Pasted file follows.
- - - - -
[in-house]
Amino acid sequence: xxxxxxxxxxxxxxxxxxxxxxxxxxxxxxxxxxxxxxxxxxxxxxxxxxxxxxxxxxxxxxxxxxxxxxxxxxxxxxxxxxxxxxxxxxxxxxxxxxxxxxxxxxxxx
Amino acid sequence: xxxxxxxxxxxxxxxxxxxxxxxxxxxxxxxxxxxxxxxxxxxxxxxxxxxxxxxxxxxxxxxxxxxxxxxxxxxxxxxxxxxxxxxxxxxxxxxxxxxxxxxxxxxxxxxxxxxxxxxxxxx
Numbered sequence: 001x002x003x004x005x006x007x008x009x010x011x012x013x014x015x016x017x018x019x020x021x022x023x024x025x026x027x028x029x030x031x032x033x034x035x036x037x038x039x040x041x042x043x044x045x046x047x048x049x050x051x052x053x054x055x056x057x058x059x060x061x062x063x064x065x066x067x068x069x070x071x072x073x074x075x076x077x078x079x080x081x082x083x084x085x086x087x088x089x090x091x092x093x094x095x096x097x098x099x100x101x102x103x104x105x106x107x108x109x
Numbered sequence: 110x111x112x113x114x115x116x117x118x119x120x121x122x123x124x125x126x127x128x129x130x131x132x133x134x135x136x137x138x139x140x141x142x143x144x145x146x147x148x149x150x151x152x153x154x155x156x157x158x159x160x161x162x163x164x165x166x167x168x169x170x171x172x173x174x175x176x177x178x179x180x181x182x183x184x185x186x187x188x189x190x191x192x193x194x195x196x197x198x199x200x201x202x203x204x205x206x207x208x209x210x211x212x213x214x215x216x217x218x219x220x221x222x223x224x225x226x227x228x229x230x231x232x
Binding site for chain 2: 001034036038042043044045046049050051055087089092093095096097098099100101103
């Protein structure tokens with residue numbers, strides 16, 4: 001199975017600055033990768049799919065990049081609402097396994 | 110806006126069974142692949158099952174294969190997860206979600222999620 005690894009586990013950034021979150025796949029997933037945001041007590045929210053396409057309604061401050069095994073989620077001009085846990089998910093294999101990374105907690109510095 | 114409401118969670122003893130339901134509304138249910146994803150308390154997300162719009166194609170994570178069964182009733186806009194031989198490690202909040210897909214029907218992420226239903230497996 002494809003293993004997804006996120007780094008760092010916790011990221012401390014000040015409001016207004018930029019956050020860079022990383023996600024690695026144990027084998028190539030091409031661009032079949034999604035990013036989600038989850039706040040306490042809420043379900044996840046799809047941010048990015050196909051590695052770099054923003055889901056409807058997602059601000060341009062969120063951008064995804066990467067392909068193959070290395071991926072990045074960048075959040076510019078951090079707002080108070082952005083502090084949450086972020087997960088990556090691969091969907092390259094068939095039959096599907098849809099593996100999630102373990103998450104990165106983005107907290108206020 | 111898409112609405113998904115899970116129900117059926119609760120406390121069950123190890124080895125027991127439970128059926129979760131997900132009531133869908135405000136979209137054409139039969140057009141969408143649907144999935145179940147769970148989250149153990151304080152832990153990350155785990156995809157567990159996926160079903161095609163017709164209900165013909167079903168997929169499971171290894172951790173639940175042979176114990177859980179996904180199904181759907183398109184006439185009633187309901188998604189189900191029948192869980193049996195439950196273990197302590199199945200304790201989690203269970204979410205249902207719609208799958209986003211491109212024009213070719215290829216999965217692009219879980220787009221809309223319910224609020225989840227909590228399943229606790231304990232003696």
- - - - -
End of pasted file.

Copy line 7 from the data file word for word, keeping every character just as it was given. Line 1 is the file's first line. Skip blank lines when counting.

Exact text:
């Protein structure tokens with residue numbers, strides 16, 4: 001199975017600055033990768049799919065990049081609402097396994 | 110806006126069974142692949158099952174294969190997860206979600222999620 005690894009586990013950034021979150025796949029997933037945001041007590045929210053396409057309604061401050069095994073989620077001009085846990089998910093294999101990374105907690109510095 | 114409401118969670122003893130339901134509304138249910146994803150308390154997300162719009166194609170994570178069964182009733186806009194031989198490690202909040210897909214029907218992420226239903230497996 002494809003293993004997804006996120007780094008760092010916790011990221012401390014000040015409001016207004018930029019956050020860079022990383023996600024690695026144990027084998028190539030091409031661009032079949034999604035990013036989600038989850039706040040306490042809420043379900044996840046799809047941010048990015050196909051590695052770099054923003055889901056409807058997602059601000060341009062969120063951008064995804066990467067392909068193959070290395071991926072990045074960048075959040076510019078951090079707002080108070082952005083502090084949450086972020087997960088990556090691969091969907092390259094068939095039959096599907098849809099593996100999630102373990103998450104990165106983005107907290108206020 | 111898409112609405113998904115899970116129900117059926119609760120406390121069950123190890124080895125027991127439970128059926129979760131997900132009531133869908135405000136979209137054409139039969140057009141969408143649907144999935145179940147769970148989250149153990151304080152832990153990350155785990156995809157567990159996926160079903161095609163017709164209900165013909167079903168997929169499971171290894172951790173639940175042979176114990177859980179996904180199904181759907183398109184006439185009633187309901188998604189189900191029948192869980193049996195439950196273990197302590199199945200304790201989690203269970204979410205249902207719609208799958209986003211491109212024009213070719215290829216999965217692009219879980220787009221809309223319910224609020225989840227909590228399943229606790231304990232003696």